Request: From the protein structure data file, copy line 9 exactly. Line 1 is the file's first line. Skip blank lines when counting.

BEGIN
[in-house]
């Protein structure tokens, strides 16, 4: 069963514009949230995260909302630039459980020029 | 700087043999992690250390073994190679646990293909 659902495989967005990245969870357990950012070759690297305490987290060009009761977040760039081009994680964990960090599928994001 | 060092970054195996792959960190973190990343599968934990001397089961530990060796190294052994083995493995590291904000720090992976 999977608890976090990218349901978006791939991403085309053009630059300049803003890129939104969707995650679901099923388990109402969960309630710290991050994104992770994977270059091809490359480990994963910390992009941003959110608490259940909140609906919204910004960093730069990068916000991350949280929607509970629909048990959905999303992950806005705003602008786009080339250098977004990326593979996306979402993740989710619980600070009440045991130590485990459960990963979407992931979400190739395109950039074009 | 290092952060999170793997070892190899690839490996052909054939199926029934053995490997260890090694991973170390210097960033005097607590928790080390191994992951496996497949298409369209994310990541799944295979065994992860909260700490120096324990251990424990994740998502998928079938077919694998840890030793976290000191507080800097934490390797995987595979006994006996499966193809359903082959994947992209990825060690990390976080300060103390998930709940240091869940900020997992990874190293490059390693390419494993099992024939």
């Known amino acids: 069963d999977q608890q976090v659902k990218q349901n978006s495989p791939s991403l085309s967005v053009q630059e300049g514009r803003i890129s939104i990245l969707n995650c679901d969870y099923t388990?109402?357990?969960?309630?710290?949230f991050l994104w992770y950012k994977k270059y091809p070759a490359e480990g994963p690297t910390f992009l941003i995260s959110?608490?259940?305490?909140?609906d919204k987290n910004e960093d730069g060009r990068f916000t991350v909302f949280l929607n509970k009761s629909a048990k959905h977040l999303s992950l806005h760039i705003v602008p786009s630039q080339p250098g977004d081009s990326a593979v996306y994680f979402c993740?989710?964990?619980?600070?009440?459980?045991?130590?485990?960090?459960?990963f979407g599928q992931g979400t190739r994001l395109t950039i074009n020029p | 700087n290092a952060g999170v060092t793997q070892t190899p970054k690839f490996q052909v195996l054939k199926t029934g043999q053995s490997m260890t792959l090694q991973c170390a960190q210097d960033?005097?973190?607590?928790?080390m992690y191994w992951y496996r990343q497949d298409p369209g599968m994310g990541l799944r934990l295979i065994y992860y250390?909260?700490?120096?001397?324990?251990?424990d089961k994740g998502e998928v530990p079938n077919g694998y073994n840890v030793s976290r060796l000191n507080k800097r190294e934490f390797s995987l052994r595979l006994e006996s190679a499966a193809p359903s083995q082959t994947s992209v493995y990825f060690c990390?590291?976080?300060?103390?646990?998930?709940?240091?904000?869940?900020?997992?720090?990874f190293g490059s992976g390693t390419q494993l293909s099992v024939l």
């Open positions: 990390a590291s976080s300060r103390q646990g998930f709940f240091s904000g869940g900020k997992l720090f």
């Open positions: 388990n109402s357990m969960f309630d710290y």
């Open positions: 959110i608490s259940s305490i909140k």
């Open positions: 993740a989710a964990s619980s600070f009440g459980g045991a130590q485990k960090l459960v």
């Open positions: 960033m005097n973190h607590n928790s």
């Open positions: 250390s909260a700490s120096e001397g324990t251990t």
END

């Open positions: 250390s909260a700490s120096e001397g324990t251990t």